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Orbital wall repair in canines with beta-tricalcium phosphate and induced bone marrow stromal cells

Authors


  • These authors contributed equally to this work.

  • Fan and Gu designed the study. Zhou, Deng, and Xiao performed the experiments. Wang performed tissue collections, on which Bi and Sun carried out histologic assessments. All authors contributed to data analysis and interpretation. Zhou and Deng were responsible for drafting the manuscript. All authors revised the manuscript and approved the final version.

Abstract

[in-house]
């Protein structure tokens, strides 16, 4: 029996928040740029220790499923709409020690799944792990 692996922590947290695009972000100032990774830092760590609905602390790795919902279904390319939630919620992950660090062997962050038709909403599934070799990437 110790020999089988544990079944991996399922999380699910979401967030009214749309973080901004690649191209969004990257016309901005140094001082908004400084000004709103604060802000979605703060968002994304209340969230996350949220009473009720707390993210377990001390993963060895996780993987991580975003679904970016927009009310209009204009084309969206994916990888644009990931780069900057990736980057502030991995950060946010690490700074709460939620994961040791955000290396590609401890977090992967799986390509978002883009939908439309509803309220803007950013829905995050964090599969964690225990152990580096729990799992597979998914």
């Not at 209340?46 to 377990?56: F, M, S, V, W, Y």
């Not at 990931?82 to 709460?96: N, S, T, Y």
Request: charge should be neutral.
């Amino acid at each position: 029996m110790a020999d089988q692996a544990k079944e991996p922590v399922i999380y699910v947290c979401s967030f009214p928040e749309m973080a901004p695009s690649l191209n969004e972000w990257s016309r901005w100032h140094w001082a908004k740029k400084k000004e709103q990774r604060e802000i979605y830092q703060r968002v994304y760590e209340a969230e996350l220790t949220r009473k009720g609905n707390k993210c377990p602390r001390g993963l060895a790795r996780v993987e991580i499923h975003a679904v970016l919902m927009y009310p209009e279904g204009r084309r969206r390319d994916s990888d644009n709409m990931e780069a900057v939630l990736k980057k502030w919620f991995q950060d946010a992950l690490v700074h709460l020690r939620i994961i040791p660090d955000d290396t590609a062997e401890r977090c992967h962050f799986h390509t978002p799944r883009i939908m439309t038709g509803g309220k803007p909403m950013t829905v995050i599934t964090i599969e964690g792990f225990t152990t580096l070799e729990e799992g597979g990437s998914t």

Bone tissue engineering is a new approach for the repair of orbital defects. The aim of the present study was to evaluate prefabricated beta-tricalcium phosphate (β-TCP) combined with autologous bone marrow stromal cells (BMSCs) to repair orbital wall defect in canine models. Defects measuring 10 mm in diameter were created in the orbital medial walls of 12 dogs. The orbits were randomly divided into five groups: group 1, repaired with osteogenesis-induced BMSCs/TCP constructs; group 2, repaired with noninduced BMSCs/TCP constructs; group 3, repaired with β-TCP scaffolds only; group 4, normal group; group 5, negative control (bone defect without treatment). Computed tomography (CT) scanning, gross observation, bone density measurements, micro–CT, and histological observations were performed. In group 1, new bone was observed with only a small amount of residual material, and bony union was achieved 3 months after surgery. In contrast, the constructs showed slow degradation with minimal bone formation in groups 2 and 3. Furthermore, the appearance and bone density of the constructs in group 1 were similar to that of normal bone: the constructs were covered with complete mucosa, and new alveolate plate grew into the ethmoidal sinuses. A large bone defect remained in group 5. This study demonstrated that biologic scaffolds composed of β-TCP and osteogenesis-induced BMSCs have been successfully used to restore bone functionality in animal models, which may provide a potential clinical approach for orbital wall repair and bone regeneration in humans. © 2013 Wiley Periodicals, Inc. J Biomed Mater Res Part B: Appl Biomater, 101B: 1340–1349, 2013.

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